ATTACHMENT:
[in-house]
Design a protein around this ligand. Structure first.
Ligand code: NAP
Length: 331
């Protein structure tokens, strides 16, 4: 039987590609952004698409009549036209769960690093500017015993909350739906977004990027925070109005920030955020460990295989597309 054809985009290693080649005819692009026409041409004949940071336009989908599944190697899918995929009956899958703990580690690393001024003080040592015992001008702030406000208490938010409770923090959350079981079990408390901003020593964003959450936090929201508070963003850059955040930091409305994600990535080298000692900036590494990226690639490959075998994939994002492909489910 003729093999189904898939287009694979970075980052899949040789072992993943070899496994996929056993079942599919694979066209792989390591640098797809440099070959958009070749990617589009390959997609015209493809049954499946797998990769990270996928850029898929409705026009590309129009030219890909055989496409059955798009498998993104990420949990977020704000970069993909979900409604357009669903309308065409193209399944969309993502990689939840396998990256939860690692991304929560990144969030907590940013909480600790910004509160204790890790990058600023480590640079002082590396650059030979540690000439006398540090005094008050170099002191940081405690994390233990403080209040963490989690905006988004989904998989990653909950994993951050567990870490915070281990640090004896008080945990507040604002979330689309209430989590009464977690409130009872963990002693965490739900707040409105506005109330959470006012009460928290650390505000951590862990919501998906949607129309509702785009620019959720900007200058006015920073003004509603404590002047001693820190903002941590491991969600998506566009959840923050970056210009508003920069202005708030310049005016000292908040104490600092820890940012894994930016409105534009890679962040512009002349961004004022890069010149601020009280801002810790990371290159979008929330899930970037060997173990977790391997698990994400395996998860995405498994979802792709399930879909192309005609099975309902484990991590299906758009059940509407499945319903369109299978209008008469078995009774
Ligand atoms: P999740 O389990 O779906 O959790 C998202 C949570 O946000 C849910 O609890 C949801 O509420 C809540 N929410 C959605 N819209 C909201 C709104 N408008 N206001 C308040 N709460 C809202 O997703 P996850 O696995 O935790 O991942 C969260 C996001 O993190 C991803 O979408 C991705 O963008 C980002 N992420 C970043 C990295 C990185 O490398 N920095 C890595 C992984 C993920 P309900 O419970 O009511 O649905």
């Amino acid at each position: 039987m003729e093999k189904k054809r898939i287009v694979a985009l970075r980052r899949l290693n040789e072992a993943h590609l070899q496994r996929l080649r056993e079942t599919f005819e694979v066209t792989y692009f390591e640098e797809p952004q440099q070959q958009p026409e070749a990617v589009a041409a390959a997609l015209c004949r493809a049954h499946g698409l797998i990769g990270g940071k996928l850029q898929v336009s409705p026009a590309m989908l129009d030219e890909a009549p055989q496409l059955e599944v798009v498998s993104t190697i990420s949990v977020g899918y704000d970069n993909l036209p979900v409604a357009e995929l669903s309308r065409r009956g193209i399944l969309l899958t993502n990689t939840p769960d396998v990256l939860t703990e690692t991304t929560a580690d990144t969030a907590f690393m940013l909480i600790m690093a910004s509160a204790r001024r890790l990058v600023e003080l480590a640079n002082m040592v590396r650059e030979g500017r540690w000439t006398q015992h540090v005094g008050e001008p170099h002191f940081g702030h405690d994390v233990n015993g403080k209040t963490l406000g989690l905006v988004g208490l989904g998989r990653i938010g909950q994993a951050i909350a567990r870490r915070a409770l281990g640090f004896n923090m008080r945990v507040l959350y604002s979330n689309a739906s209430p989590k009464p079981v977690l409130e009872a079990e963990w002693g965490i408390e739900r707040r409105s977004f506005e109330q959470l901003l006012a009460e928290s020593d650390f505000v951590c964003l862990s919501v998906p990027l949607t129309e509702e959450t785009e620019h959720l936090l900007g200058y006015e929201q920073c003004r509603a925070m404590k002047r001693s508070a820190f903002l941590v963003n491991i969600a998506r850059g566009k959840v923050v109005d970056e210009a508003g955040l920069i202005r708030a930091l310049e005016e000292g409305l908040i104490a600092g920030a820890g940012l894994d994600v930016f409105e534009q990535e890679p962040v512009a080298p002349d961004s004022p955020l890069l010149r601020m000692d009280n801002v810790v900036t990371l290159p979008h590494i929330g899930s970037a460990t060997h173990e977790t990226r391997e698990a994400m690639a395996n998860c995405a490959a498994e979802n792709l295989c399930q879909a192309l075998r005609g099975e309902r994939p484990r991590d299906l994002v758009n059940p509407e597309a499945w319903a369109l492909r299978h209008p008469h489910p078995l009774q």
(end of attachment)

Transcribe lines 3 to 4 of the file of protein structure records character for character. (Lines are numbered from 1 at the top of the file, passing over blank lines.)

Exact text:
Ligand code: NAP
Length: 331